Lost Songs: The Basement Tapes Continued more than lives up to the title of music documentary. It is the total antithesis of the largely forgettable throwaway pieces out there that masquerade as making of documentaries. This includes the standalone pieces and the ones that are thrown in with albums that are themselves largely forgettable. It stands out from those presentations thanks in large part to its professional production values and its virtual music history lesson. Both elements play their own important part in the success and enjoyment of Lost Songs: The Basement Tapes Continued. As important as each element proves in the long run, there is one more element to note that brings the presentation full circle. That element is the documentary’s collective bonus material. The bonus material in this case is a presentation of some of the songs featured in the main feature in their entirety. While not all twelve of the featured songs are included as bonus material. No fewer than half of the songs are featured, though. Having gone through the rehersals and creative process presented in the program’s main feature, the half dozen songs featured as bonus material are essentially a reward for audiences that watched the creative process that led to the songs. Again, while not all twelve songs presented in the main feature are included with the bonus material, the half dozen that are featured bring the presentation in whole full circle.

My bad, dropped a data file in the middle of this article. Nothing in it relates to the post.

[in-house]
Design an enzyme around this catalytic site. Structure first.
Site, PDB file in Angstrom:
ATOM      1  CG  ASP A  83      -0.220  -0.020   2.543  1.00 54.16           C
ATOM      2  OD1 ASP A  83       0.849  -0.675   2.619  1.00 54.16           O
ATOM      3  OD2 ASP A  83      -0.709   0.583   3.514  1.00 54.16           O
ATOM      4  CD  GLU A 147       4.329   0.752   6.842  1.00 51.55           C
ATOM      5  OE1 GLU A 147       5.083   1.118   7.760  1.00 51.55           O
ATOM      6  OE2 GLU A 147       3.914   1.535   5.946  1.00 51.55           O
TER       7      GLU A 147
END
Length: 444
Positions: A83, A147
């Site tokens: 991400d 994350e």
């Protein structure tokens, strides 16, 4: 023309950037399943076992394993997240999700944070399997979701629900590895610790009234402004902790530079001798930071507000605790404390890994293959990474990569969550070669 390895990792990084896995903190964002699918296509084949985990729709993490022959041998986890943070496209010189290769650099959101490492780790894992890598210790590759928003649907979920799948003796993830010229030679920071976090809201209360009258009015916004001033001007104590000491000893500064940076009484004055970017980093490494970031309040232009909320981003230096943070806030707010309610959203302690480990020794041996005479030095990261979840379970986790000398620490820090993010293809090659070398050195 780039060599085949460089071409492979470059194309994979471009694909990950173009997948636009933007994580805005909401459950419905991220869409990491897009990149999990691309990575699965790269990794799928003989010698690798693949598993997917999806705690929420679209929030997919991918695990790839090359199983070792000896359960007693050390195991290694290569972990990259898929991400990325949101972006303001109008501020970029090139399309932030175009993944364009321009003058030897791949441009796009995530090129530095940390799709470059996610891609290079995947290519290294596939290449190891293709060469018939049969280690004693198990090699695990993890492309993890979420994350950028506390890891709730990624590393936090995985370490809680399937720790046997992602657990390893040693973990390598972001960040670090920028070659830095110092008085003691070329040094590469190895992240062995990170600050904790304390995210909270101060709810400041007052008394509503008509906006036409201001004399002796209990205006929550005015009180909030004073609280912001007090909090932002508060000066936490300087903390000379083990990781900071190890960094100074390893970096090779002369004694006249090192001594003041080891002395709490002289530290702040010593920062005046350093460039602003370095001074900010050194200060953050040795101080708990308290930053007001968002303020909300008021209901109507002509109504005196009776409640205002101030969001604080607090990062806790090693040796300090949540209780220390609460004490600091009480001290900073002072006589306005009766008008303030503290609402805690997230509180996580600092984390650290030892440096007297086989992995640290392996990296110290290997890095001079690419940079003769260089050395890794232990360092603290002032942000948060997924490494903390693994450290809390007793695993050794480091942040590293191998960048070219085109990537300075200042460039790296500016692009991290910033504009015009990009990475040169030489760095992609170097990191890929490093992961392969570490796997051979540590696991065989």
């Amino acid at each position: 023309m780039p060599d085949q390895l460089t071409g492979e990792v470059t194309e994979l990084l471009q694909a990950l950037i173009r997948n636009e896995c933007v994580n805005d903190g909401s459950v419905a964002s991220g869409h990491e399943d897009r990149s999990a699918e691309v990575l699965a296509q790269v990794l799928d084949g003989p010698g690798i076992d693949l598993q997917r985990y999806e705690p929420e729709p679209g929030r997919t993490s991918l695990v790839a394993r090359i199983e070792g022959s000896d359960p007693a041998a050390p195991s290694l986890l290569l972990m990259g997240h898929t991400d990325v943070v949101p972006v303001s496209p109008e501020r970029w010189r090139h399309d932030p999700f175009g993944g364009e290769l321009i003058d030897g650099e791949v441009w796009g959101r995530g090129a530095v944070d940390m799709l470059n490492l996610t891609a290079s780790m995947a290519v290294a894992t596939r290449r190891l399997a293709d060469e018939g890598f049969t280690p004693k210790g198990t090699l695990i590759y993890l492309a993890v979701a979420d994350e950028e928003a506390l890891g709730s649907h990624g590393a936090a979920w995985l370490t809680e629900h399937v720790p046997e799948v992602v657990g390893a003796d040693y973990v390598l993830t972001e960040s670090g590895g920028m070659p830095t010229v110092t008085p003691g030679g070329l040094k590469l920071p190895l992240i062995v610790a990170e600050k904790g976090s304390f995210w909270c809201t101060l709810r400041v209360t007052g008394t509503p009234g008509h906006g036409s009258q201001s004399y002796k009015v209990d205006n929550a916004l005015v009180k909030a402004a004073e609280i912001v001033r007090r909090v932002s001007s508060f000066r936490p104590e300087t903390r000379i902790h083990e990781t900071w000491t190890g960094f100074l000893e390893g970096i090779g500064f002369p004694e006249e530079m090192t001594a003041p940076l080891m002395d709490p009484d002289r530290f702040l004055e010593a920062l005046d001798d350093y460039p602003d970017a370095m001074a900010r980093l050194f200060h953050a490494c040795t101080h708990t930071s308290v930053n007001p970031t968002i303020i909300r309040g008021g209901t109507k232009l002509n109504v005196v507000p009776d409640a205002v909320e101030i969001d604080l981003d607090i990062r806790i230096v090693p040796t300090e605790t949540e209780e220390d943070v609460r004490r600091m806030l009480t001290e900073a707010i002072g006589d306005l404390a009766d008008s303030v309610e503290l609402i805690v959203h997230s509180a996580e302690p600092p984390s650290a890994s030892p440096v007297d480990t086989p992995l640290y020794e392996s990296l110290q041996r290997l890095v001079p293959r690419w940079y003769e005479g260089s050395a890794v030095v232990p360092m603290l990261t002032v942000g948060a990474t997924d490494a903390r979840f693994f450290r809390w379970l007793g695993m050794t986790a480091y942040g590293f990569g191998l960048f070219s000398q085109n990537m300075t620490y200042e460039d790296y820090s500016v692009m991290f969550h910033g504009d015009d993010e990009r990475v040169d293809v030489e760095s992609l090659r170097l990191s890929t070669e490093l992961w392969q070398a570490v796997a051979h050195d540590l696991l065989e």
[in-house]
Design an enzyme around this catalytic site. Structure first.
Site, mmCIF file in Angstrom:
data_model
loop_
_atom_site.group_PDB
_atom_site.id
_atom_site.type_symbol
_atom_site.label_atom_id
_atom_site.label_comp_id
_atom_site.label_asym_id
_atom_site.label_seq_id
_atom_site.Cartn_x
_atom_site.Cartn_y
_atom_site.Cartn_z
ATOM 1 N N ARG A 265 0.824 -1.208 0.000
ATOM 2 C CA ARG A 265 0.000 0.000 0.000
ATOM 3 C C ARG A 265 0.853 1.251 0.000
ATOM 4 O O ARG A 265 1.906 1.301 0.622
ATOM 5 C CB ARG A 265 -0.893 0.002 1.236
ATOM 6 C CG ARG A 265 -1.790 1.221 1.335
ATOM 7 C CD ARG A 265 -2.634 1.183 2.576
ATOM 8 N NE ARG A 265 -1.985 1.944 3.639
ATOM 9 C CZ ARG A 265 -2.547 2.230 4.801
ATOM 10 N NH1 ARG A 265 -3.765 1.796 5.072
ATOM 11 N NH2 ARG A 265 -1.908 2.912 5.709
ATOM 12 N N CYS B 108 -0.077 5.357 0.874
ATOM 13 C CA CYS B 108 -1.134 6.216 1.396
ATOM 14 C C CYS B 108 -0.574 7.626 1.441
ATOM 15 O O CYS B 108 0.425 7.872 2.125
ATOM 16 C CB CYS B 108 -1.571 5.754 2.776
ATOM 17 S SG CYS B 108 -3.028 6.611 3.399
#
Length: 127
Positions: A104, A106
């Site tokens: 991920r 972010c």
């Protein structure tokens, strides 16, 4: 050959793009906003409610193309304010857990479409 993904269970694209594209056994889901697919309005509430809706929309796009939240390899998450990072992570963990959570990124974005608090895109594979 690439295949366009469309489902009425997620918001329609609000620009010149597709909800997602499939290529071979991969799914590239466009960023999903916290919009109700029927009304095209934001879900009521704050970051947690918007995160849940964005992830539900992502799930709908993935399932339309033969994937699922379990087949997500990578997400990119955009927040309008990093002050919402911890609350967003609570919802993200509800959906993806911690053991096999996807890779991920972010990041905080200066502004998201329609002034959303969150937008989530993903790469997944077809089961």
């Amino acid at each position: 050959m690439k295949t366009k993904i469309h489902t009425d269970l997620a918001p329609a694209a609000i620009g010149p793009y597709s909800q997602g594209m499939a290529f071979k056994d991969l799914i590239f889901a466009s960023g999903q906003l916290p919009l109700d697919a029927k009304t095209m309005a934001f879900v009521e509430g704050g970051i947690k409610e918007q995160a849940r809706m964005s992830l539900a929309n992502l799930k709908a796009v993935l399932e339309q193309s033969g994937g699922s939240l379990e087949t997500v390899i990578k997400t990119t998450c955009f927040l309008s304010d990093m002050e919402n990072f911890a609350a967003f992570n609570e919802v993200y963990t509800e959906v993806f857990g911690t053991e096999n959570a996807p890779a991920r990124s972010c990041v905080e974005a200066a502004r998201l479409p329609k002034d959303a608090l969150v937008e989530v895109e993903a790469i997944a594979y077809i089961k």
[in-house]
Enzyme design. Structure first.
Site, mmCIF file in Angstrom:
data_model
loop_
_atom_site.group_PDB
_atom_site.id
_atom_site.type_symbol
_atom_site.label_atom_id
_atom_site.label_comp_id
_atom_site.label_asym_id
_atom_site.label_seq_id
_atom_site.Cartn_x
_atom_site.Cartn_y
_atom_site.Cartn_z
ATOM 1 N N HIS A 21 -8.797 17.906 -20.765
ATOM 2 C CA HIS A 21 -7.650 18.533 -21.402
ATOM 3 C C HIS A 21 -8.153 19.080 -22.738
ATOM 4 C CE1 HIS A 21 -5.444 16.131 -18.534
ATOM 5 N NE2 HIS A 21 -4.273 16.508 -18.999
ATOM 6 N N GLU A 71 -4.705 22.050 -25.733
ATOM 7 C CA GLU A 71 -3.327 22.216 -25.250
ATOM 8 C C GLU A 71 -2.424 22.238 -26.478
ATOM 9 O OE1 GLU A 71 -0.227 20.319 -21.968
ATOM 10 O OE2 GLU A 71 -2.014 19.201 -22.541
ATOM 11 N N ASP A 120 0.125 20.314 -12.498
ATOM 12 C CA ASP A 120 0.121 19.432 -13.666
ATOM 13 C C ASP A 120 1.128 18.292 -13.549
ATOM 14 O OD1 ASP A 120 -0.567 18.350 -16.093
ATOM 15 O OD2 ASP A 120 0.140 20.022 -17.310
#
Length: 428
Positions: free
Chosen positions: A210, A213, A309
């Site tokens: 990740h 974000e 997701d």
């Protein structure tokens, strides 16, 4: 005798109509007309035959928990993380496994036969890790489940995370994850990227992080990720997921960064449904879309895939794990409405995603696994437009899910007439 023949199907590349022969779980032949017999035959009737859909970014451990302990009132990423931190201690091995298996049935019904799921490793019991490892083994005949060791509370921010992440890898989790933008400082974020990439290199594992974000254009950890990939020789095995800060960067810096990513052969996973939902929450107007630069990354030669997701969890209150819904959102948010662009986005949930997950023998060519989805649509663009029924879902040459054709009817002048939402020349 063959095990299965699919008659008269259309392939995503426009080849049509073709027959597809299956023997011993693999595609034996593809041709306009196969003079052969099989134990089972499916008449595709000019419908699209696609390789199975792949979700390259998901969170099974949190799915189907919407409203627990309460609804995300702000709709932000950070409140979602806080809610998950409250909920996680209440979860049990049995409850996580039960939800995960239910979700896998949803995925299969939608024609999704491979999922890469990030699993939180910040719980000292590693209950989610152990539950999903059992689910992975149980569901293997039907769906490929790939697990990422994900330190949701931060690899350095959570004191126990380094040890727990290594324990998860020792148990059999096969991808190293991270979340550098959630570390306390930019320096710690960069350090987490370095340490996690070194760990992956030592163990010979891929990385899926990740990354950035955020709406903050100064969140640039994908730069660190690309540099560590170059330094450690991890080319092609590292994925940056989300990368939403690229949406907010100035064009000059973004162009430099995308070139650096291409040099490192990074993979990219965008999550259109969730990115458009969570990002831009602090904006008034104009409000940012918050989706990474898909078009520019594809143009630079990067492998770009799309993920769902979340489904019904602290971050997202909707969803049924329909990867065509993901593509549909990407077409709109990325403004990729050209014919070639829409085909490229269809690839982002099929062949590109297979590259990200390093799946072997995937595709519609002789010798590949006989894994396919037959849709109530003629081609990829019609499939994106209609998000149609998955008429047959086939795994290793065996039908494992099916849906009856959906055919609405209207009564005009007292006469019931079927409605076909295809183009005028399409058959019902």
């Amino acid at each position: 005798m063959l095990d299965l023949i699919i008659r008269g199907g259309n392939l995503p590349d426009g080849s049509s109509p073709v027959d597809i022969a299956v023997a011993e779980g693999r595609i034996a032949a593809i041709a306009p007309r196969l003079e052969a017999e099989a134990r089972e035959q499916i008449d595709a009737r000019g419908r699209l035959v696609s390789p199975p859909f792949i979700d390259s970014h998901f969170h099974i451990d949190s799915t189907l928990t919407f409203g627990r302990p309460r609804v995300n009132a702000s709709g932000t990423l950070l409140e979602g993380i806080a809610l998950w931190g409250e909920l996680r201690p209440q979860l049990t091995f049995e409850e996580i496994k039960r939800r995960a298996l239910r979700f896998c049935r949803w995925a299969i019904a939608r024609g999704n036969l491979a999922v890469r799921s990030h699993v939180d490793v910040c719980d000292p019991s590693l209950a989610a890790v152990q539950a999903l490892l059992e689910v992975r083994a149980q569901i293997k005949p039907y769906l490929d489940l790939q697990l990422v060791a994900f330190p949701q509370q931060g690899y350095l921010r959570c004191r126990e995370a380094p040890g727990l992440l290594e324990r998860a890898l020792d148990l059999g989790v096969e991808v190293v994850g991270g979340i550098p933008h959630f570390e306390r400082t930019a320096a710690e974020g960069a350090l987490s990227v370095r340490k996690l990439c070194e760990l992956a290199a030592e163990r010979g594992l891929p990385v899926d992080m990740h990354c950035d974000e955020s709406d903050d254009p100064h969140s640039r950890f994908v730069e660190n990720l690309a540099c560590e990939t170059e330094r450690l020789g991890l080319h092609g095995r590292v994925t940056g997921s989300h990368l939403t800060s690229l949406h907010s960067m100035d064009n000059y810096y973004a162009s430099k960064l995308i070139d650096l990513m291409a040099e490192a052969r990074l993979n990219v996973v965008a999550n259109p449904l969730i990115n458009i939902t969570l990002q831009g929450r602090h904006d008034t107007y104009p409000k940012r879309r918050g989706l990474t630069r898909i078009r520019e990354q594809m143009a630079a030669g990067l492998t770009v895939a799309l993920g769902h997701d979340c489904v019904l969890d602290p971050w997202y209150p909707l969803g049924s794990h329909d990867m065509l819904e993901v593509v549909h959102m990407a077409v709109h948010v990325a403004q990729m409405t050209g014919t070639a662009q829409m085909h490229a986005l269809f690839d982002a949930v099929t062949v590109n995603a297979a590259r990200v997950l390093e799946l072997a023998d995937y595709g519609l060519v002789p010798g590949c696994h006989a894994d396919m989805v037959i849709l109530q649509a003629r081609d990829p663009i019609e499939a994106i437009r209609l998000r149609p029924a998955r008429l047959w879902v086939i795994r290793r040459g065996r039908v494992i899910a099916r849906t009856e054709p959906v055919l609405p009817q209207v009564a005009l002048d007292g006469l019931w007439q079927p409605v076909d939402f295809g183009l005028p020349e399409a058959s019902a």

The full song “performances” featured in the bonus features of Lost Songs: The Basement Tapes Continued are themselves bonus for audiences. They are bonuses in large part because they finally let audiences hear at least some of the presented songs in their identity. That isn’t the only reason that they are bonuses, though. They are bonuses also because of the fact that each song features one of the recruited artists leading the given songs in his or her own style. Because each of the recruited artists gets to lead at least one song included in the bonus features, not one of the noted songs sounds like the other. Each comopsition has a sound and style completely separate from the others. It shows each artist’s own musical roots and influences thus deepening the program in whole even more. It is within itself a bonus of the bonus material and one more reason that audiences will want to watch Lost Songs: The Basement Tapes Continued.